In soccer, dribbling is the ability to move the ball around the field, unassisted by other players, alone.
It is believed that great dribblers are “born and not made,” and also that dribbling is “an art and not a science.” However, dribbling can and must be taught in order to have the edge over your opponents. Even when coaching young players, consider adding advanced moves.
To score a goal, the ball has to get past a lot of opposing players. Dribbling is one of many ways that helps in moving forward toward the target. It is, therefore, a fundamental skill that needs to be mastered by the whole team that wants to play soccer. To take on defenders one-on-one, dribbling is definitely a key attribute. Training your players to dribble better will not only lead to individual stars but will help the team build a better ball control.
Here are some soccer drills to hone the ball control of your players and their dribbling ability:
“Kids’ football (soccer) is all about the individual loving the game: dribbling and shooting, playing games and scoring goals, experimenting and copying. It is very simple and lots of fun.
Adult football is all about the team and results. It is physical, tactical, complicated and very serious.”
Tom Statham of Manchester United Academy
It may be that the most important ‘key’ to successful youth soccer coaching is:
To always and constantly aim to make training sessions a joy for everyone – including you!
One of the delights of youth soccer coaching is taking on a team of youngsters and watching them develop into great people and players during a number of years.
The pleasure lies in witnessing how children, who were as shy or didn't know how to kick the ball, grow into confident persons and learn new skills.
However, staying with the same team for a longer period has its flaws too. Getting to know your players quite well has its drawbacks since "favorite players" will arise from the crowd. As a result of this fact, it may become difficult to make unbiased decisions about these individuals.
With a lot of diversity in sports, soccer coaches sometimes have to deal with a lot of different types of players. Personalities vary from person to person. But the biggest and most substantial difference that can affect coaching is whether you are coaching boys or girls.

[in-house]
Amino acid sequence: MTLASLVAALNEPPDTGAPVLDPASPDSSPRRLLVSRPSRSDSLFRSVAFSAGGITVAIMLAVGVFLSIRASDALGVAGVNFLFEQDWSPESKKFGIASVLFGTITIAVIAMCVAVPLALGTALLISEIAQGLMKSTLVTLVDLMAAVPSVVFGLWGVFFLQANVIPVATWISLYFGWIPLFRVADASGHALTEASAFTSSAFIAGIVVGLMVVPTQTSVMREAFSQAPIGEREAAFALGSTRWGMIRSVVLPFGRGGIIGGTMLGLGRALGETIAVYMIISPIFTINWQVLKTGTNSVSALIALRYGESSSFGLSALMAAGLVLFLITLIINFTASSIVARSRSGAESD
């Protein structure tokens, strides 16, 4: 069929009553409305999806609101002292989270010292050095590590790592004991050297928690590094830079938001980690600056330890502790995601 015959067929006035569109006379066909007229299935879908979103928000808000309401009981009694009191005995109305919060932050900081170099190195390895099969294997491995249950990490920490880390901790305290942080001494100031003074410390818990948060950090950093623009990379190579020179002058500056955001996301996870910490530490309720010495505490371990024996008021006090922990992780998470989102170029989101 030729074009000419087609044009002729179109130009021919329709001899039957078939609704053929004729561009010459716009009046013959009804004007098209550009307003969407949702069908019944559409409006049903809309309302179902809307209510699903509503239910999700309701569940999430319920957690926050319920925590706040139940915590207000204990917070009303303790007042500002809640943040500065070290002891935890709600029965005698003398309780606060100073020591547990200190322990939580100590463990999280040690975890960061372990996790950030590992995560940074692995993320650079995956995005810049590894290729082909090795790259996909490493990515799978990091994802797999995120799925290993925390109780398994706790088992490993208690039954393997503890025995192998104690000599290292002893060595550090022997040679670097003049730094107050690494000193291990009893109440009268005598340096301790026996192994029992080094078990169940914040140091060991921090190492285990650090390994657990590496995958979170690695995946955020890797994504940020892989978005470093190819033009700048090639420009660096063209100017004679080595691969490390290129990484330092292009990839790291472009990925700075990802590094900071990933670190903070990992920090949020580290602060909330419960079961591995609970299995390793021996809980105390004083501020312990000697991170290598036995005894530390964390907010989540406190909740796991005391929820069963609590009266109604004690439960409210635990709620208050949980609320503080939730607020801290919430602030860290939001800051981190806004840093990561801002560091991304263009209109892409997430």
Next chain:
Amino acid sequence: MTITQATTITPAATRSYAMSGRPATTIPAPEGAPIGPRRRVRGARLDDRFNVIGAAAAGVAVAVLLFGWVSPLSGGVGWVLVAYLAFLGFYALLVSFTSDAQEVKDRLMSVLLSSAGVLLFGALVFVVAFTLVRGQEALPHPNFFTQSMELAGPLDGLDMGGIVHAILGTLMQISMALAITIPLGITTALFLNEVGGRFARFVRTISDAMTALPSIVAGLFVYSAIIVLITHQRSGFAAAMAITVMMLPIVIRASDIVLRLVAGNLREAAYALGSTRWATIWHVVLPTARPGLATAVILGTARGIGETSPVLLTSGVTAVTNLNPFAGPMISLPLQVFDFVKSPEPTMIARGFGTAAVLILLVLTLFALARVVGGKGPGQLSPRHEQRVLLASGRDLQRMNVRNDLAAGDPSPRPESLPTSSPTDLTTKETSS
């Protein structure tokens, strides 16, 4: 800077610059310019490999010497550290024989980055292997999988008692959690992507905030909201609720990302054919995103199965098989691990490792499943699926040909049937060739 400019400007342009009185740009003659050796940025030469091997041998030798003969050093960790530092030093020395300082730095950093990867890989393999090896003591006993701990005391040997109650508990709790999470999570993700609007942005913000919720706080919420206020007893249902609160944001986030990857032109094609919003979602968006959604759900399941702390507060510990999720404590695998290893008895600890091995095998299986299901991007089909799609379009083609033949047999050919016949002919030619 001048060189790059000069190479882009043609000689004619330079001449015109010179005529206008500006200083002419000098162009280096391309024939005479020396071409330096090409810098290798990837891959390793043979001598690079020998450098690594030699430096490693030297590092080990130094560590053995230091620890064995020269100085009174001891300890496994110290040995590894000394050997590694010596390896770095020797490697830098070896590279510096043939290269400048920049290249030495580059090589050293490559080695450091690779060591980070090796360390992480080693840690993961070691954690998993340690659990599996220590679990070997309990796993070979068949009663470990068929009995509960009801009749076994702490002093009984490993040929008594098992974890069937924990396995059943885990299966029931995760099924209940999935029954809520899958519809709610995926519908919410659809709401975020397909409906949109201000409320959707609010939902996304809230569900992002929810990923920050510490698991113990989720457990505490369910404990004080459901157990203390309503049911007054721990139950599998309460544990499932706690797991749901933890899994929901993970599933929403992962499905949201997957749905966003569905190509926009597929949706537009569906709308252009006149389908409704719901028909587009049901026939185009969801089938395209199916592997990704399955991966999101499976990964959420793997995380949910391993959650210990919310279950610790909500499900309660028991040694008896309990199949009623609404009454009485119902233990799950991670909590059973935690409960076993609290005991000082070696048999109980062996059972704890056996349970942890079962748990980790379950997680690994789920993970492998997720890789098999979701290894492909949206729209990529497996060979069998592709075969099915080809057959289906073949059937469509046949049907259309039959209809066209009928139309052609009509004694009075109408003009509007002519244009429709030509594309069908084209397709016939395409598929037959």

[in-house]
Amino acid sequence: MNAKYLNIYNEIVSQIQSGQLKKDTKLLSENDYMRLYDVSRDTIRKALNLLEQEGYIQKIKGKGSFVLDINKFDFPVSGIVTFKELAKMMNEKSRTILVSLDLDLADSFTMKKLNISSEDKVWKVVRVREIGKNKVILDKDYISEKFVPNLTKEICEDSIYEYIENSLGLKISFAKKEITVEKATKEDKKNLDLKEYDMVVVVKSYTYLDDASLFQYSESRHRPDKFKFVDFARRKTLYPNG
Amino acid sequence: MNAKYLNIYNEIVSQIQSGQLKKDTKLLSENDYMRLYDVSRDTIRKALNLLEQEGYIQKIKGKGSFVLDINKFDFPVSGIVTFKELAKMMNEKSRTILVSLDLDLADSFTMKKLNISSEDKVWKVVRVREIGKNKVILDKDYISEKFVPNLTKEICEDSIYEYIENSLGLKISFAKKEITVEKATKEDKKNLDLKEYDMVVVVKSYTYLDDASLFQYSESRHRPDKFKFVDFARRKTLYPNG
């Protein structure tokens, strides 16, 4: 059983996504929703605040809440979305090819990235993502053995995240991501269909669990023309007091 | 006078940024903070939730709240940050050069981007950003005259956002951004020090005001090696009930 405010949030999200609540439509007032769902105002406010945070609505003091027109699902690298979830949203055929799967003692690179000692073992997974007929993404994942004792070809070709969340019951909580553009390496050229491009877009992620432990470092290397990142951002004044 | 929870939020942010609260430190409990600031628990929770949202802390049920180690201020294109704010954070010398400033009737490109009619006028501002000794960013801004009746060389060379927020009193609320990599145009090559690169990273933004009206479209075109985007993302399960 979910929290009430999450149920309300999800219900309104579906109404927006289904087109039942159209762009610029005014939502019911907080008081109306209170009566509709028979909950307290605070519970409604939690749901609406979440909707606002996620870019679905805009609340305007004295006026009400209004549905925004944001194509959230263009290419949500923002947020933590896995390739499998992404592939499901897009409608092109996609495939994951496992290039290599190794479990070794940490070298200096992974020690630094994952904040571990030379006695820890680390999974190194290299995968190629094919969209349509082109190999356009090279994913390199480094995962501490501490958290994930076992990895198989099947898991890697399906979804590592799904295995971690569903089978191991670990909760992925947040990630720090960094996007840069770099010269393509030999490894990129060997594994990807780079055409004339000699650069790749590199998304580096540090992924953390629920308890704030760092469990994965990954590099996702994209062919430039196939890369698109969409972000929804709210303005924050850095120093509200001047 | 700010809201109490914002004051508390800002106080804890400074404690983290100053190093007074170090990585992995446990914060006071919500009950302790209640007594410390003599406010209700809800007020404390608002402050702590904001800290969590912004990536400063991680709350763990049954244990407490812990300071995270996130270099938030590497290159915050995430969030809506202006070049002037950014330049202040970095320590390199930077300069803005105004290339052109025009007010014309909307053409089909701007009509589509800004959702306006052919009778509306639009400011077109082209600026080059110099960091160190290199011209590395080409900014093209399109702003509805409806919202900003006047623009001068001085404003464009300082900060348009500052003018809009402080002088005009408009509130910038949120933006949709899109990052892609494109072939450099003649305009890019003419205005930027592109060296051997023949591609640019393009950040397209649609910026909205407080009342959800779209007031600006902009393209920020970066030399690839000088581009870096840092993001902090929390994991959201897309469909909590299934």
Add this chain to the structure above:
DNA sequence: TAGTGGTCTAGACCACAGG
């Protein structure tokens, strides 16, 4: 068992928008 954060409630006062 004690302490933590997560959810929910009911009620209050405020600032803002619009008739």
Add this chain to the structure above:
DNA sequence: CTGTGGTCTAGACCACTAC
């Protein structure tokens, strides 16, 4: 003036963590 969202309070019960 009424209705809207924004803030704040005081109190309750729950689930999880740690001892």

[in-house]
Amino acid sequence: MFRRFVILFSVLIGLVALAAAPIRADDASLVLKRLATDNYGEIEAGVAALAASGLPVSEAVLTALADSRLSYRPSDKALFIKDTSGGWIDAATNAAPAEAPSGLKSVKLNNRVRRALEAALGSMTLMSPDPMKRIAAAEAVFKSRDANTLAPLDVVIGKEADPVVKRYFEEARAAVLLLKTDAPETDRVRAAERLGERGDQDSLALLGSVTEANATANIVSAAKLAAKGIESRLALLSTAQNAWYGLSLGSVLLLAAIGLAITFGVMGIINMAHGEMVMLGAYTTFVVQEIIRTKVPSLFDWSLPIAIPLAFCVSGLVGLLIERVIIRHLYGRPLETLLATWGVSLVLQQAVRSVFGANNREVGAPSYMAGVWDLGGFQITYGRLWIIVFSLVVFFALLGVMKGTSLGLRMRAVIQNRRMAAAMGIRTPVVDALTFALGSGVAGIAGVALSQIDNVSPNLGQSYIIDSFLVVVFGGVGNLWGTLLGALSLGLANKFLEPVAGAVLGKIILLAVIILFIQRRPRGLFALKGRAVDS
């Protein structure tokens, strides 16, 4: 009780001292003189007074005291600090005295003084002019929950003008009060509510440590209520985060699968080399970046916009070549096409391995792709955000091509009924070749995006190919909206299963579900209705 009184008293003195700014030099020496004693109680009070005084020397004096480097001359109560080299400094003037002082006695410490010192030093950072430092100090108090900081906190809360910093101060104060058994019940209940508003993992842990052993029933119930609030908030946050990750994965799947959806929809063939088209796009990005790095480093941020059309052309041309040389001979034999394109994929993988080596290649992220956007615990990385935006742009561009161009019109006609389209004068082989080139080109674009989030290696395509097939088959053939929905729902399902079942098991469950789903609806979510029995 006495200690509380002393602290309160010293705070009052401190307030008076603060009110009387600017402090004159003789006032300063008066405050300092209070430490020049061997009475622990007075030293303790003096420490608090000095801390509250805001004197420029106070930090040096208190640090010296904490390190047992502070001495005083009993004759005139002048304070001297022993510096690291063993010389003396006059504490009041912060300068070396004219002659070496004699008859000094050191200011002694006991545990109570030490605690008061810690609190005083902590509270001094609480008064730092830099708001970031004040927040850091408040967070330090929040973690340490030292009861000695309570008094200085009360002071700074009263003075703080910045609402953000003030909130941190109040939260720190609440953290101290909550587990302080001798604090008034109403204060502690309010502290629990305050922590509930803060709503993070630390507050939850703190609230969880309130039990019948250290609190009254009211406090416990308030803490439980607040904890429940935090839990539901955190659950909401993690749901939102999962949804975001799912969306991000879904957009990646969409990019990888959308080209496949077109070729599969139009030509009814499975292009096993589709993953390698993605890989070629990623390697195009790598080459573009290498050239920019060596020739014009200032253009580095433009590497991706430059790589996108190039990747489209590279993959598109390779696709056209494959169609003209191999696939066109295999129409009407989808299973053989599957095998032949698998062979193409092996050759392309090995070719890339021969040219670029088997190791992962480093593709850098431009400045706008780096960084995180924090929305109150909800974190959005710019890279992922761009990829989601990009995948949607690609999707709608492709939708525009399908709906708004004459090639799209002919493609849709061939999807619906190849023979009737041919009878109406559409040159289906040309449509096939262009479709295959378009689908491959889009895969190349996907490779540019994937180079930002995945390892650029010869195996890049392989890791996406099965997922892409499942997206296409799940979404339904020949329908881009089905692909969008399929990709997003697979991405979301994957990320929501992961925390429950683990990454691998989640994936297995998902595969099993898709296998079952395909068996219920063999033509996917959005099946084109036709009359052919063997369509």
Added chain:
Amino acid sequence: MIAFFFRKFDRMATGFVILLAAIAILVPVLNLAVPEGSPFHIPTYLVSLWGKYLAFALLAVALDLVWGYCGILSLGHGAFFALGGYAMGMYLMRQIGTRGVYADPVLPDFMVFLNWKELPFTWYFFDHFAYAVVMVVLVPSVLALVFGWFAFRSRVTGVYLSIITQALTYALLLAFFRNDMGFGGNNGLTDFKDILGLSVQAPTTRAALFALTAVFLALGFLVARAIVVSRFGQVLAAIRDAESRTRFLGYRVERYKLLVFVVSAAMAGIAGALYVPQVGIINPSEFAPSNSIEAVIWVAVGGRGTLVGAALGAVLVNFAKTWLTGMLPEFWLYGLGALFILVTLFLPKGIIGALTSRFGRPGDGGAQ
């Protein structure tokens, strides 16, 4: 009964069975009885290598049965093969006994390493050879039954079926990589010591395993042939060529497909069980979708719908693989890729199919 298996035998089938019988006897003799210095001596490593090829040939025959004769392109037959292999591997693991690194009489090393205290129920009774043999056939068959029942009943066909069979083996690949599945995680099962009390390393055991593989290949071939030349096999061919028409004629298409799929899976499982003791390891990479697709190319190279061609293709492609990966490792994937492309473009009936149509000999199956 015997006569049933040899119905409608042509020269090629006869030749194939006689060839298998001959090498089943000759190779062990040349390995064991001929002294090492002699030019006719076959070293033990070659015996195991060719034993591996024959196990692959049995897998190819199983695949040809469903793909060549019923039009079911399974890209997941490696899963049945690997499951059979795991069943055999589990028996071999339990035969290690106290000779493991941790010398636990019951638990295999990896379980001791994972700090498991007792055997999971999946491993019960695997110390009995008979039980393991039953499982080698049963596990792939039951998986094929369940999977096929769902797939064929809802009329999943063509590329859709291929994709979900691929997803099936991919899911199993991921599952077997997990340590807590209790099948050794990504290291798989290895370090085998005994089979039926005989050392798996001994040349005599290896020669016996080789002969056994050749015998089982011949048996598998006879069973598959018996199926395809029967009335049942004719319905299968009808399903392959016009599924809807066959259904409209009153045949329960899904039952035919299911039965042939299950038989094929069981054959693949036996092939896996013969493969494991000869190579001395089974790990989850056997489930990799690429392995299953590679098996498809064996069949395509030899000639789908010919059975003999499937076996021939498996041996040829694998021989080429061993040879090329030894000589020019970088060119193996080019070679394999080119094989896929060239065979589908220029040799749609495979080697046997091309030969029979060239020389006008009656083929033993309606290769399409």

When observed as a group, boys and girls react to different stimuli. The job of a coach is to know how each group should be mentored and motivated. Sometimes similar approaches can be applied, but boys and girls are mostly a far cry away from each other.
Another part of your job as a coach is the soccer evaluation and teaching process of your players. By evaluating overall team capabilities and individual players’ abilities, you will be able to divide the skill of your team into “strengths” and “weaknesses”. These findings will help you structure training sessions according to current and future needs. Evaluation of your team should be done in intervals and at all events. The easiest way to assess the quality of your team is through real match situations, or during training sessions.
When creating a soccer lesson plan, remember the following points:
1. As a coach, you should adjust your sessions to comply with the number of players on the team. Every drill should be set up accordingly and match the number of participants.
2. With communication being a key factor for success, you have to make sure that your instructions and activities are age specific - the younger your players, the simpler the language must be.
Soccer coaching for a group of children calls for pedagogic skills. Some tips and rules have to be followed to achieve cohesion in your roster. With the satisfaction of your students, contentment of parents is imminent. This all adds to the success formula in soccer coaching:
The overall pleasure of all parties involved (coach + players + parents) equals a great soccer team.
The following soccer coaching tips should serve as a good starting point:
If you coach soccer (football), anywhere in the world, The Best Soccer Coaching Blog is for you.